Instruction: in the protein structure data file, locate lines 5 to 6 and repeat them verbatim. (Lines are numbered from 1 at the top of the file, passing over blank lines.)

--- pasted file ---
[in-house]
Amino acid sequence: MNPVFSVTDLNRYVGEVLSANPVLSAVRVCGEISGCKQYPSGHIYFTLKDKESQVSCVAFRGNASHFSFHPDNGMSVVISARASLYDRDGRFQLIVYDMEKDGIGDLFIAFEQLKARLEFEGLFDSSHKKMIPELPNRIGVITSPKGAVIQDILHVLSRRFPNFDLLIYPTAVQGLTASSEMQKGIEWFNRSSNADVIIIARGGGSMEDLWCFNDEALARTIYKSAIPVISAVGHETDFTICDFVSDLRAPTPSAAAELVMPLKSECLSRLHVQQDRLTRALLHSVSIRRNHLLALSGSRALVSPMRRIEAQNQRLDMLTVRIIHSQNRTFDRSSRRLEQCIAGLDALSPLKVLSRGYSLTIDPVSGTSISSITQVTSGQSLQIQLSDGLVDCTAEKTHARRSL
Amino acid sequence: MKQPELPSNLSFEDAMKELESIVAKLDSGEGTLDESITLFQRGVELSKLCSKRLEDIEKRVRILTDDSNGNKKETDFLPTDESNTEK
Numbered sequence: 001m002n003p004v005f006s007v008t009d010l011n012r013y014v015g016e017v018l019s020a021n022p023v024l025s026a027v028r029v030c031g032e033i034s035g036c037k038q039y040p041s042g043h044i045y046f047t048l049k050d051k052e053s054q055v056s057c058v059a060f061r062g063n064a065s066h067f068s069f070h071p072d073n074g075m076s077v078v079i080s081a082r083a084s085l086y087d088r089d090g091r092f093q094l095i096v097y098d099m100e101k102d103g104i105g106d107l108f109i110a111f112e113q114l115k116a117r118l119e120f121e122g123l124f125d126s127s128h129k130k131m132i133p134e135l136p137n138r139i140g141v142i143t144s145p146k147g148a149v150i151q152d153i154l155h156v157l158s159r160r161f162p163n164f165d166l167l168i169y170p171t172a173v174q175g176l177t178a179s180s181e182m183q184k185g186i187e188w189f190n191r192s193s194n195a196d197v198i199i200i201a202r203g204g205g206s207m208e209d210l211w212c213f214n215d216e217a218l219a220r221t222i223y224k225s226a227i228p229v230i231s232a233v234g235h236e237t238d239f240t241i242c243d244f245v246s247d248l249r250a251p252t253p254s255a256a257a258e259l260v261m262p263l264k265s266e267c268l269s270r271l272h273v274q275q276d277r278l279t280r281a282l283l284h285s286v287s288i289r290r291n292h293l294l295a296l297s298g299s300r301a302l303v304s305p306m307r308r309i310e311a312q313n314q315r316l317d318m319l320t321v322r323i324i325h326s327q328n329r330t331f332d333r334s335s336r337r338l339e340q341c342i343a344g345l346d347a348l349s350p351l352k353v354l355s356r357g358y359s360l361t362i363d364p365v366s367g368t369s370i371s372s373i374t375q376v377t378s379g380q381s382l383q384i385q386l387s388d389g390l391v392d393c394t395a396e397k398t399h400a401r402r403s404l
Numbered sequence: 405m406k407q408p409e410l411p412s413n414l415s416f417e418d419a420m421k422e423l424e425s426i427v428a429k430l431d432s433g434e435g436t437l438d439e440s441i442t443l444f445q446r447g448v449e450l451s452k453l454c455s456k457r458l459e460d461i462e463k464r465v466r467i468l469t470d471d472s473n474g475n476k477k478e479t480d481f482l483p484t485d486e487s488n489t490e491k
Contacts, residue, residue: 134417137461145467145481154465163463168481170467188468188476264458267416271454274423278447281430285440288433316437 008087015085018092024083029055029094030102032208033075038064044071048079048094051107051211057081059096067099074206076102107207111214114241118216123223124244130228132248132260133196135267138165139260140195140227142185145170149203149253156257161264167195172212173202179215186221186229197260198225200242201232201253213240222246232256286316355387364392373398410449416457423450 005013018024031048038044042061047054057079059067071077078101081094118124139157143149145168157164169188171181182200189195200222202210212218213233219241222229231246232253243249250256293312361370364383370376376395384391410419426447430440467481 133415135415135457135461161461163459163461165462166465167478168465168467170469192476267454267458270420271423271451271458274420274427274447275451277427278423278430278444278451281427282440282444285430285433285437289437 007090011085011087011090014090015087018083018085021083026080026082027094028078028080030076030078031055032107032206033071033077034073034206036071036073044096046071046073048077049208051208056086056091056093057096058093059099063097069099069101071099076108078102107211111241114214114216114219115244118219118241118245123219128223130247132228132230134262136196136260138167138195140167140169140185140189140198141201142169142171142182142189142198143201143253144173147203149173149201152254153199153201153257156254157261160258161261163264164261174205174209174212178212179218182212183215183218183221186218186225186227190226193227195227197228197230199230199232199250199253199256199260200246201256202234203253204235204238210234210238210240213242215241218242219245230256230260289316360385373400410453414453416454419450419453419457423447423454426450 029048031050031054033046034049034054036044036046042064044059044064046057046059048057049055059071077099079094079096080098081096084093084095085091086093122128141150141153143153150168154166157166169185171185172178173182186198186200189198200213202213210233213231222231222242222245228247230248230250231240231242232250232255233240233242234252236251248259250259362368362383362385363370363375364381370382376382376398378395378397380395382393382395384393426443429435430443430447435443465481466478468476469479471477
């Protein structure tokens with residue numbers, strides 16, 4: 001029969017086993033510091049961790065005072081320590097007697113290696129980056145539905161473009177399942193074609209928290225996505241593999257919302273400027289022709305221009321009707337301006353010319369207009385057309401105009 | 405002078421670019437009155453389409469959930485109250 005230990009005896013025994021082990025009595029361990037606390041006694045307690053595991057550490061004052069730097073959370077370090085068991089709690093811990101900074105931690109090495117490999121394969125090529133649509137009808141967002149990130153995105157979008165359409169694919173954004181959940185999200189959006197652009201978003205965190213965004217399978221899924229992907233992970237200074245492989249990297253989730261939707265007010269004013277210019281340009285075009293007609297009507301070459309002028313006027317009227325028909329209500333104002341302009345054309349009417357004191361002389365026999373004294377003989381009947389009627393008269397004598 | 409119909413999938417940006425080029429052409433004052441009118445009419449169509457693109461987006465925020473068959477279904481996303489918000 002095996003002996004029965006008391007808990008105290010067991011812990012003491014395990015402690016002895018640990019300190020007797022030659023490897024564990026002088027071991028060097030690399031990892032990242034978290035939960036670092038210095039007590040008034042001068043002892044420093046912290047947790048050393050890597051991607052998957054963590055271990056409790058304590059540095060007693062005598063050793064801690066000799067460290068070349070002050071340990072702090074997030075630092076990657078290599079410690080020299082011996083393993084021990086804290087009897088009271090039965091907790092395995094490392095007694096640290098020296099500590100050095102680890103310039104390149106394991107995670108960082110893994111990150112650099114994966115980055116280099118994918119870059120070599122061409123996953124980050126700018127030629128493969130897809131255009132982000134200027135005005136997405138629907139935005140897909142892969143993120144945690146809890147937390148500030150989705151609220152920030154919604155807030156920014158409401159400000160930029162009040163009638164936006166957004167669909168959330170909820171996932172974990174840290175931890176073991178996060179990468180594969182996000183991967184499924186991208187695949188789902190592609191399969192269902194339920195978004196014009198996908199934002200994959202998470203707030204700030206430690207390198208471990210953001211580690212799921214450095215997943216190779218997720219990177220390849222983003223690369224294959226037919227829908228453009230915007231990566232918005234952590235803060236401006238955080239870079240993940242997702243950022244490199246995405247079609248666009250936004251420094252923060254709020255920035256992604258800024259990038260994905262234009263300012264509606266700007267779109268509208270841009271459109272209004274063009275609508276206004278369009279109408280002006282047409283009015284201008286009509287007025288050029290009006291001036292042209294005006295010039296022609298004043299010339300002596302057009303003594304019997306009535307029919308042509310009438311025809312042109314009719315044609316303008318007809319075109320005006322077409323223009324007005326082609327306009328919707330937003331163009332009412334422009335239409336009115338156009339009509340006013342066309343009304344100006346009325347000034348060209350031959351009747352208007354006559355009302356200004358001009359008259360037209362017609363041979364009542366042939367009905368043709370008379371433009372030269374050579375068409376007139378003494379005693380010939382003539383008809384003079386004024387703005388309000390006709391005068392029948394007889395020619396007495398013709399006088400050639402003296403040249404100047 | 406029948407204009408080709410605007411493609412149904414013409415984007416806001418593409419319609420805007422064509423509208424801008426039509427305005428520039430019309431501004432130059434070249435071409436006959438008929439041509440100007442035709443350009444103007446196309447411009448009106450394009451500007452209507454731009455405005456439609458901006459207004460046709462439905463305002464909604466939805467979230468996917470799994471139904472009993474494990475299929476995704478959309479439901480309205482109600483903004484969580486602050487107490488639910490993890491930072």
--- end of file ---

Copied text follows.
Numbered sequence: 405m406k407q408p409e410l411p412s413n414l415s416f417e418d419a420m421k422e423l424e425s426i427v428a429k430l431d432s433g434e435g436t437l438d439e440s441i442t443l444f445q446r447g448v449e450l451s452k453l454c455s456k457r458l459e460d461i462e463k464r465v466r467i468l469t470d471d472s473n474g475n476k477k478e479t480d481f482l483p484t485d486e487s488n489t490e491k
Contacts, residue, residue: 134417137461145467145481154465163463168481170467188468188476264458267416271454274423278447281430285440288433316437 008087015085018092024083029055029094030102032208033075038064044071048079048094051107051211057081059096067099074206076102107207111214114241118216123223124244130228132248132260133196135267138165139260140195140227142185145170149203149253156257161264167195172212173202179215186221186229197260198225200242201232201253213240222246232256286316355387364392373398410449416457423450 005013018024031048038044042061047054057079059067071077078101081094118124139157143149145168157164169188171181182200189195200222202210212218213233219241222229231246232253243249250256293312361370364383370376376395384391410419426447430440467481 133415135415135457135461161461163459163461165462166465167478168465168467170469192476267454267458270420271423271451271458274420274427274447275451277427278423278430278444278451281427282440282444285430285433285437289437 007090011085011087011090014090015087018083018085021083026080026082027094028078028080030076030078031055032107032206033071033077034073034206036071036073044096046071046073048077049208051208056086056091056093057096058093059099063097069099069101071099076108078102107211111241114214114216114219115244118219118241118245123219128223130247132228132230134262136196136260138167138195140167140169140185140189140198141201142169142171142182142189142198143201143253144173147203149173149201152254153199153201153257156254157261160258161261163264164261174205174209174212178212179218182212183215183218183221186218186225186227190226193227195227197228197230199230199232199250199253199256199260200246201256202234203253204235204238210234210238210240213242215241218242219245230256230260289316360385373400410453414453416454419450419453419457423447423454426450 029048031050031054033046034049034054036044036046042064044059044064046057046059048057049055059071077099079094079096080098081096084093084095085091086093122128141150141153143153150168154166157166169185171185172178173182186198186200189198200213202213210233213231222231222242222245228247230248230250231240231242232250232255233240233242234252236251248259250259362368362383362385363370363375364381370382376382376398378395378397380395382393382395384393426443429435430443430447435443465481466478468476469479471477